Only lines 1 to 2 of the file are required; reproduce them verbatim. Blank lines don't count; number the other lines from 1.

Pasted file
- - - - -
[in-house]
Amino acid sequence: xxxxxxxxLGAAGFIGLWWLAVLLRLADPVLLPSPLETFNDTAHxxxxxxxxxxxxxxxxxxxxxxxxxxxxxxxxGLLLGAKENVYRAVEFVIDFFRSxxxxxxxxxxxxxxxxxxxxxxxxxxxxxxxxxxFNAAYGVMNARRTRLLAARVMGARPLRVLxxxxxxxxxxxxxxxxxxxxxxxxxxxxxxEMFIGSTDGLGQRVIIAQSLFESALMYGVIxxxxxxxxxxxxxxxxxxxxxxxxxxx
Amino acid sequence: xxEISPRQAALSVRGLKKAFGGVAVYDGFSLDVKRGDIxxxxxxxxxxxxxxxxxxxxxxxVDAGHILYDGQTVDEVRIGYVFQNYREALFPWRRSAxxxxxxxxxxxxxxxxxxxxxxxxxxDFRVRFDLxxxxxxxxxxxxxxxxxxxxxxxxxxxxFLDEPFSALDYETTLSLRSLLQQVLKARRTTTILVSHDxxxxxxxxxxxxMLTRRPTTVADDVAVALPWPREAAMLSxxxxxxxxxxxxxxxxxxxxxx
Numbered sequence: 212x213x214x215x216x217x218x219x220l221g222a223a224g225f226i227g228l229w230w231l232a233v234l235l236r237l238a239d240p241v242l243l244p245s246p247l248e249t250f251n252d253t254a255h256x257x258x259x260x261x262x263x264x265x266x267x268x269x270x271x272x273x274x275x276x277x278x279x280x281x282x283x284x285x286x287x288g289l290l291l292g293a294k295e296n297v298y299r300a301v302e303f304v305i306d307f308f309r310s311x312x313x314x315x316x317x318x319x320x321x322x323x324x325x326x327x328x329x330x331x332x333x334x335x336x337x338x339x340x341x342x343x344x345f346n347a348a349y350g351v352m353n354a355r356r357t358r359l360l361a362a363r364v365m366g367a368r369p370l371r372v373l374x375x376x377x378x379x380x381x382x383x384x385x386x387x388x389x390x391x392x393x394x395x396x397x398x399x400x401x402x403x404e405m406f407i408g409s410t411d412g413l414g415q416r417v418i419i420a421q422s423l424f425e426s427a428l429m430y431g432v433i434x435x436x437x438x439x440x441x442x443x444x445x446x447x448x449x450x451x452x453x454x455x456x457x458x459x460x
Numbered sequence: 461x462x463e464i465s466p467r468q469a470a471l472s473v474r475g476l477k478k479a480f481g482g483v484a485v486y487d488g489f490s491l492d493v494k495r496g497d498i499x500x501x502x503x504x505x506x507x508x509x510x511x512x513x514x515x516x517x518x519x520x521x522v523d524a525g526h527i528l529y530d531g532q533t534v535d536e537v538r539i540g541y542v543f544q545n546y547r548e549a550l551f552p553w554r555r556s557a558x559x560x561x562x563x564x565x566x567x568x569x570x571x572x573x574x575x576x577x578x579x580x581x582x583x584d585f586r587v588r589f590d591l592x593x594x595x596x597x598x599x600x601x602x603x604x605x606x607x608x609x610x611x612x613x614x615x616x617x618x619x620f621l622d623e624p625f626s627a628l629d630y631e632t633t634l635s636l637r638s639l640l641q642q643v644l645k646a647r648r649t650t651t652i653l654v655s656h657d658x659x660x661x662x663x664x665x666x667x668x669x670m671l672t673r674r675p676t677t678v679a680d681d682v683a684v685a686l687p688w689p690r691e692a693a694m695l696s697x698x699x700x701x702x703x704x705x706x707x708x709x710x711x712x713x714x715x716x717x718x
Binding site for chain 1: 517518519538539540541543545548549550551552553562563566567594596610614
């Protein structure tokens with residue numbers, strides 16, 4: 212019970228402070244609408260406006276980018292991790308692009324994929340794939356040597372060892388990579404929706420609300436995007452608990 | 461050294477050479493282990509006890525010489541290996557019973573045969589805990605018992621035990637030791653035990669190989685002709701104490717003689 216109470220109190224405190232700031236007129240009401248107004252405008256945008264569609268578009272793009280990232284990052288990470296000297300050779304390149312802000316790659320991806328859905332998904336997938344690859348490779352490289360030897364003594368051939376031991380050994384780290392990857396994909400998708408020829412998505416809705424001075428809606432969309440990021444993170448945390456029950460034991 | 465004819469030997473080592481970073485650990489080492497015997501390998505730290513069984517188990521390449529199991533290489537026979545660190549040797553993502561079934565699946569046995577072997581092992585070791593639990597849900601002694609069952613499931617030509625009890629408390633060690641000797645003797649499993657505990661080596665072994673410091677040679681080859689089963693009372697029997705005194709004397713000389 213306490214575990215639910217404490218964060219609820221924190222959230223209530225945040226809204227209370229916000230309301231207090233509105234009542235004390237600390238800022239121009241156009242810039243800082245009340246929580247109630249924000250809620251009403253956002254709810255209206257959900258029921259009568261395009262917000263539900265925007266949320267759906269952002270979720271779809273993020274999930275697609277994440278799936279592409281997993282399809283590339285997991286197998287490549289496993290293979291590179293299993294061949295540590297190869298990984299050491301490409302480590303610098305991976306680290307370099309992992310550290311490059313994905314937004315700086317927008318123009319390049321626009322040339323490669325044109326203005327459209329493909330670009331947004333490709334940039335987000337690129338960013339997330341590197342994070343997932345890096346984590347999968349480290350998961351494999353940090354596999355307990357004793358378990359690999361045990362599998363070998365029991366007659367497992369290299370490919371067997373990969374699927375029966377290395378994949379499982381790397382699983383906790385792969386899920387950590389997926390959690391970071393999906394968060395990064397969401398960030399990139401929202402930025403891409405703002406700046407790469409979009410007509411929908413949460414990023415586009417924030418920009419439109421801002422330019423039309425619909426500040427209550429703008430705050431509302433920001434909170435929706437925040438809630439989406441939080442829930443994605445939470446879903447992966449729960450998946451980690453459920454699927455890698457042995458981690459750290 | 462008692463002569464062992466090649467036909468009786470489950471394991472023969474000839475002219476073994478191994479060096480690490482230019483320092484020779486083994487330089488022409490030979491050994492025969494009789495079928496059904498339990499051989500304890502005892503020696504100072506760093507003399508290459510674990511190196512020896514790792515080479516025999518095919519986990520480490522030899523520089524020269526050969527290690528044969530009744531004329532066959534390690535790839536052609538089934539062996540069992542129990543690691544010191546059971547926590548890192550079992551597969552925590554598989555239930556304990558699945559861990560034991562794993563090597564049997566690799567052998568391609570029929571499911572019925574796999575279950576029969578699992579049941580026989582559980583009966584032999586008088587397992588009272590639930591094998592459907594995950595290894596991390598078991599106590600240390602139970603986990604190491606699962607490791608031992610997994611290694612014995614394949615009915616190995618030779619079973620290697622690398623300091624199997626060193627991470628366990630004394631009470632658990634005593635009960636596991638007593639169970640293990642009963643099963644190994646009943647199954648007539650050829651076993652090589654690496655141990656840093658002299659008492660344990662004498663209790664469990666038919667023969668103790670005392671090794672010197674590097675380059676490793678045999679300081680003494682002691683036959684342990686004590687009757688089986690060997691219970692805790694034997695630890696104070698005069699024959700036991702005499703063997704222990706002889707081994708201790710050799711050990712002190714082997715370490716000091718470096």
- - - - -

[in-house]
Amino acid sequence: xxxxxxxxLGAAGFIGLWWLAVLLRLADPVLLPSPLETFNDTAHxxxxxxxxxxxxxxxxxxxxxxxxxxxxxxxxGLLLGAKENVYRAVEFVIDFFRSxxxxxxxxxxxxxxxxxxxxxxxxxxxxxxxxxxFNAAYGVMNARRTRLLAARVMGARPLRVLxxxxxxxxxxxxxxxxxxxxxxxxxxxxxxEMFIGSTDGLGQRVIIAQSLFESALMYGVIxxxxxxxxxxxxxxxxxxxxxxxxxxx